Instrument Shelter

The Instrument Shelter, also known at our latitude as the Cotton Region Shelter (or CRS for short), and as the Stevenson Screen; named after its British inventor, Thomas Stevenson in 1800s.

The general purpose of an instrument shelter is to protect the monitoring equipment inside–which may consist of any number of items such as thermometers, hygrometers, psychrometers et cetera–from direct sunlight, wind & precipitation.

Base of shelter is set 5.5′ above ground level; louvered on all sides; double roof; always located in direct sunlight; door always opens in the direction where sunlight will not enter the shelter; Our station is located north of 23° 30′ north latitude, therefore, our shelter is situated to face north. (Stations south of 23° 30′ south latitude must face south, and stations between these 2 latitudes must be mounted on a rotating base to accommodate changing sun angles); some instrument shelters are hung freely onboard ships and remains vertical regardless of the motions of the vessel. In polar regions during 24-hour sunlight periods, observers can set the shelter up on a rotating base or in any direction, but must take care to shade the instruments within when opening the shelter door to conduct an observation. Students take their observations from the shelter at the same time every day, marking down the temperature extremes, current soil temperature and taking dew point & relative humidity readings on paper forms. We are one of the very few stations left in Los Angeles that still utilizes a cotton region shelter.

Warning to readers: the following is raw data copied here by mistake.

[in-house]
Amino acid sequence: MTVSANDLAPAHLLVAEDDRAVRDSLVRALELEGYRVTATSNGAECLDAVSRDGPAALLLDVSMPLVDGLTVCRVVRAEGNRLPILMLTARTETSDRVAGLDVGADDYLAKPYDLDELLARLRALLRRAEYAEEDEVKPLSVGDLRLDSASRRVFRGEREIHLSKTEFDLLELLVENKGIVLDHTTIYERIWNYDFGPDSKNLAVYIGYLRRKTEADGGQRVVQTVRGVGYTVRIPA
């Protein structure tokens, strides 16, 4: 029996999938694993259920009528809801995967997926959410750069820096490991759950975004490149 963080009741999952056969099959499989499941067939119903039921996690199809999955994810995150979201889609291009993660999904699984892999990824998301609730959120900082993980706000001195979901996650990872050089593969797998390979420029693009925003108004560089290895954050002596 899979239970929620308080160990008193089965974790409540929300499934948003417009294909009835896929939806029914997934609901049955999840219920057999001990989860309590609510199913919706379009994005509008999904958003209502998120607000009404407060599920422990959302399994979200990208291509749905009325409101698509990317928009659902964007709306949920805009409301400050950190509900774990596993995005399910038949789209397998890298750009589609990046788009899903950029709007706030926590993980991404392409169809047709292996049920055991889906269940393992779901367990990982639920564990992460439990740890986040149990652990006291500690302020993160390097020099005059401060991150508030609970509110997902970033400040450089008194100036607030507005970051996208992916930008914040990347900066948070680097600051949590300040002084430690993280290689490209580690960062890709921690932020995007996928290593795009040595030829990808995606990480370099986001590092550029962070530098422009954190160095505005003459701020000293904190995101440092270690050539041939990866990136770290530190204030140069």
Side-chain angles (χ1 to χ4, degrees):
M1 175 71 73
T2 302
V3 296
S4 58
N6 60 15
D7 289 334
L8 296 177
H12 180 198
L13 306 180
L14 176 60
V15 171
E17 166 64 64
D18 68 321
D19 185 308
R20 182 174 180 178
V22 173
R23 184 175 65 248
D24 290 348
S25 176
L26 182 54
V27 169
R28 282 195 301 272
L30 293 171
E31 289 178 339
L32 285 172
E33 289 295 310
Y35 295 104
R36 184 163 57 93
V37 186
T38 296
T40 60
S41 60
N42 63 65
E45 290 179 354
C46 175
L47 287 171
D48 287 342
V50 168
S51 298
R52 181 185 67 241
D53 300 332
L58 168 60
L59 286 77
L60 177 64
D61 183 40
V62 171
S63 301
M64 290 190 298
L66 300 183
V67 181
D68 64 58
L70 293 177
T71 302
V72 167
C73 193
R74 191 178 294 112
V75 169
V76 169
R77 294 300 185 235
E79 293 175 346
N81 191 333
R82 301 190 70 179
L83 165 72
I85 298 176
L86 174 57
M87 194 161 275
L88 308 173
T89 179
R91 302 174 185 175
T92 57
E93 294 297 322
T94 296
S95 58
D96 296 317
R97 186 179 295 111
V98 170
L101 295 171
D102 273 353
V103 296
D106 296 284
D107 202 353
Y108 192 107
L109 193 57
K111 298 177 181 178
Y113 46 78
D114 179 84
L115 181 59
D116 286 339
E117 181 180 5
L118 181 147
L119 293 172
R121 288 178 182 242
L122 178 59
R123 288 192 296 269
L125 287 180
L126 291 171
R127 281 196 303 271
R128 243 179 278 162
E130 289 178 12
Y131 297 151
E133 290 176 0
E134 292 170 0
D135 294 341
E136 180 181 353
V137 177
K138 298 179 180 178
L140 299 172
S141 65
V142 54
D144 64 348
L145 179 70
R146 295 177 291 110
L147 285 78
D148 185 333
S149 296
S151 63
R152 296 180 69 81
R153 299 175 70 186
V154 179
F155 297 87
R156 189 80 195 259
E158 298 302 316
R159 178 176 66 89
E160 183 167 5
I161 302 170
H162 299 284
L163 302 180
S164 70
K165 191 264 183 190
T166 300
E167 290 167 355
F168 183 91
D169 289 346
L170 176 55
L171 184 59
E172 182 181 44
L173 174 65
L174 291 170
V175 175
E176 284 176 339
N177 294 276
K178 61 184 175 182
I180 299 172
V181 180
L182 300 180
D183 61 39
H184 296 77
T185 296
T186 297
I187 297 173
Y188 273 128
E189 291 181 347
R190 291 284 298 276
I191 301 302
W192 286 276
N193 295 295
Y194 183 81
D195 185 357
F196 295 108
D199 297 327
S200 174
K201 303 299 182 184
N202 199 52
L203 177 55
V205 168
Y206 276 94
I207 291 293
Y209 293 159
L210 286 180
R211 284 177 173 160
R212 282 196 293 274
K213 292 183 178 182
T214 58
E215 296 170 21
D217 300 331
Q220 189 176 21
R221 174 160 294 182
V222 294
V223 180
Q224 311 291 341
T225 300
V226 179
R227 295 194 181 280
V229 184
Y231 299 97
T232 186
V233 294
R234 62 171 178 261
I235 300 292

Siting of the instrument shelter is extremely important. In addition to a weather station being at least 100 feet away from any artificial heating or reflective source, it is important instrument shelters at these stations be:

  1. …set up far from buildings, trees or other obstructions. A good rule of thumb is to set the shelter up at least twice the distance horizontally as the vertical height of its nearest obstruction (such as a building, tree, telephone pole etc.)
  2. …set up over natural landscaping; do not set up a shelter on or near artificial ground cover such as blacktop, cement, or any other man-made surface; including, but not limited to rooftops, artificial turf and wood patio decks. They should be placed over a natural surface representative of the natural landscape (or what’s left of it).
  3. …set at a standard height; the World Meteorological Organization (WMO) agreed standard for the height of the thermometers is between 1.25 m (4 ft 1 in) and 2 m (6 ft 7 in) above the ground. At Pierce, we have had our shelter set up at 5 feet 6 inches above ground level since 1949.
  4. …kept in its original position. Never relocate or change the height of a shelter once data collection has begun, unless a new nearby structure justifies its move; for instance, a new building is erected nearby.